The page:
Platform Overview

Our platform is a set of services and tools designed to streamline local application discovery and communication. Currently it is comprised of two open source microservices, Stela and Iris. The former provides an easy to use service discovery service, while the latter is a distributed key-value store.


The services were designed with distributed computing in mind. By utilizing UDP multicast and Raft consensus Stela and Iris make connecting local networked applications easy to make.


There are two core micro-services comprising our platform, Stela and Iris. Stela is a distributed discovery service that streamlines finding services and subscribing to those services. Iris is a distributed streaming key value store service.


These services were designed around making it easy to create connected applications that function on a local network. Iris is perfect for storing configuration data about a dynamic set of services in your local network.


Stela is a distributed discovery service meant to be run on local networks. Stela was designed so that a copy of the Stela daemon is running on each node that either has a service to register or is discovering a service. There are two requirements for the Stela daemons to be able to talk with each other: they need to be on the same local network, and they need to be using the same multicast port. If those requirements are met, an application can interact with the Stela instance running on the same host and know what services are registered to all other instances running using the same multicast.

How do I use Stela?

Stela is meant to be run on a each host that either has a service it needs to register or wants to discover running services. Get the code on github When running Stela you can pick the TCP port you want to run it on as well as the multicast port. The multicast port that facilitates the communication between all the Stela instances running on your local network. Once you have Stela running you can use either the node.js Stela API or the Go Stela API to connect to the locally running Stela instance and either register a service or discover other running services. See the Stela docs for more information.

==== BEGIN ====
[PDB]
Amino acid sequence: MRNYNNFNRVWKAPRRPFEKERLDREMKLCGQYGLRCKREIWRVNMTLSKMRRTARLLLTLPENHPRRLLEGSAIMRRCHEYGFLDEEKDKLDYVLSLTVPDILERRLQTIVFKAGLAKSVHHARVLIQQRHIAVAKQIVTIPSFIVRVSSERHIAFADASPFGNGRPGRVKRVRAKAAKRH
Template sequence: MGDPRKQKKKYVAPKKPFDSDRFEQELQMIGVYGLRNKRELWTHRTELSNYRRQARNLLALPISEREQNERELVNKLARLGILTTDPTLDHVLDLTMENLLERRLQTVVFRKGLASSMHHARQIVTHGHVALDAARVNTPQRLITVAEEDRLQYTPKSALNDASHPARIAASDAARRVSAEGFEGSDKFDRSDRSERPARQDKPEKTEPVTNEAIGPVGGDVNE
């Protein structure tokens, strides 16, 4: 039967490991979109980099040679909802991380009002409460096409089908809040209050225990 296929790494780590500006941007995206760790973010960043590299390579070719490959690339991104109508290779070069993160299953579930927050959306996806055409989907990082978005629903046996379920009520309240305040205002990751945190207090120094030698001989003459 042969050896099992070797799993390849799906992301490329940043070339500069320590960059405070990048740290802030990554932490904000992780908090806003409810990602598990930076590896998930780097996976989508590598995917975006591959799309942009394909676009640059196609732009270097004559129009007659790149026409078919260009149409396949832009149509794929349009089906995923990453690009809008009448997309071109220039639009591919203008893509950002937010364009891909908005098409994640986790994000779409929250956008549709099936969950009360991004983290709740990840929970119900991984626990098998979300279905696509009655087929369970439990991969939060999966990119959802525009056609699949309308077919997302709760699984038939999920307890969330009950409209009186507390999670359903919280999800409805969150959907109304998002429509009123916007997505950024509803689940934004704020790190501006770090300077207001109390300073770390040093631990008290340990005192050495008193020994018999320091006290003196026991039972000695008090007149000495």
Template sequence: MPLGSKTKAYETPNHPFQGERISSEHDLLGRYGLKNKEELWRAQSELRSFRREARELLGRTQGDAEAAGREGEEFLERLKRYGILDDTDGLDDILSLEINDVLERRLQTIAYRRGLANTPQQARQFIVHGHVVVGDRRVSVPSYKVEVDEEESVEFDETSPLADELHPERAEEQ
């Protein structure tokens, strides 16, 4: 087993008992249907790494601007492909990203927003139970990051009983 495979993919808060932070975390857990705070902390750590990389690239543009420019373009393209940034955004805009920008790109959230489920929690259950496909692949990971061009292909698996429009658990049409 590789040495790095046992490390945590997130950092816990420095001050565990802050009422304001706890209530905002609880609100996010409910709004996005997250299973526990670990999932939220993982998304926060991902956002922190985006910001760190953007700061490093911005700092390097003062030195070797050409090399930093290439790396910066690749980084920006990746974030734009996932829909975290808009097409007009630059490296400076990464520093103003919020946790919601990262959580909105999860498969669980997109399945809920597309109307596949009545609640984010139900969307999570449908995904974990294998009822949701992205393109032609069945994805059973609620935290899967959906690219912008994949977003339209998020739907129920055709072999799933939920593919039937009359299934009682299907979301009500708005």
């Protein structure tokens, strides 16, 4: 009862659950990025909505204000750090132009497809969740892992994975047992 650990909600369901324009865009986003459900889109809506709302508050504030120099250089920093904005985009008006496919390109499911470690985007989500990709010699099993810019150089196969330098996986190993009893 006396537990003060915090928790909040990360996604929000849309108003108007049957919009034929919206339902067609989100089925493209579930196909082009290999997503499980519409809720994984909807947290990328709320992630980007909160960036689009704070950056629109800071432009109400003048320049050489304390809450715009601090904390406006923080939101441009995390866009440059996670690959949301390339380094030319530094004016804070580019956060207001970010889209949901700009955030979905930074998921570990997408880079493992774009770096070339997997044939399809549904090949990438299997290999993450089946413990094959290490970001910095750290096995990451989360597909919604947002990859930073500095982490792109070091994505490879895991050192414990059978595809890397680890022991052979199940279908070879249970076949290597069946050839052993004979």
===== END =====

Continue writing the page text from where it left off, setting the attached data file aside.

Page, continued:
How can I make my existing service discoverable?

In additional to having a node.js and Go API there is also a Stela watch dog utility command. This command was designed to allow you to register existing services with Stela. For example you could make a local service like influxdb or mongodb discoverable by other applications using Stela. See the Stela watch dog docs for more information.


Iris is a distributed streaming key value store. Iris can be run as a single instance on your network or as multiple instances to add additional fault tolerance. Iris uses the raft consensus algorithm to distribute the key value data across the other running nodes. Iris is a designed to be very easy to use. Iris lets you organize keys into sources. One use case of this is to store different configuration data for a given key across different sources. You can then switch the source without worrying about losing the value data stored in previous source.

How do I use Iris?

Iris can be run on a single node or many for fault tolerance on your network. Clone it on github If using multiple nodes look into the best practices for the raft algorithm The key value store data is stored in the raftDir. You can use the -raftdir flag to specify where you want this data to go when running Iris. Iris is also designed to work with Stela so you can use the -stela flag to specify where the stela instance is. This will make Iris discoverable by processes using the Stela API on the same multicast port. Once you have the Iris command setup you can use either the node.js API or the Go API to connect to Iris and start setting/getting keys, values and sources. See the Iris docs for more information.

Building Applications

Our platform core services of Stela and Iris are designed to make it easy to connect to applications running on a local network. By utilizing Stela for service discovery you can create applications that don’t require additional configuration as IP addresses change or nodes come and go from the network. Iris can store multiple sets of application configuration information and easily give your app a persistent state that is easy to update from any other app using Iris.

Best Practices

  • To get the most out of Stela it is best to run an instance of the service on each node that wishes to register or discover a service on the network.
  • Stela comes with a default port and mulitcast and if you are the only user/developer it should not be a problem, but once you go to production with your application it is best to use a different port and multicast than the default.
  • Portutil is a handy Go package that dynamically finds any open ports on your system This is helpful when developing and testing applications on a single computer.

Contribute + Join the Community

Our platform core services of Stela and Iris are open source and licensed under the Apache 2.0. We want to encourage people to post any problems they might have on the github issues pages for the respective service as well as join us on Gitter to ask any questions or post problems with your application.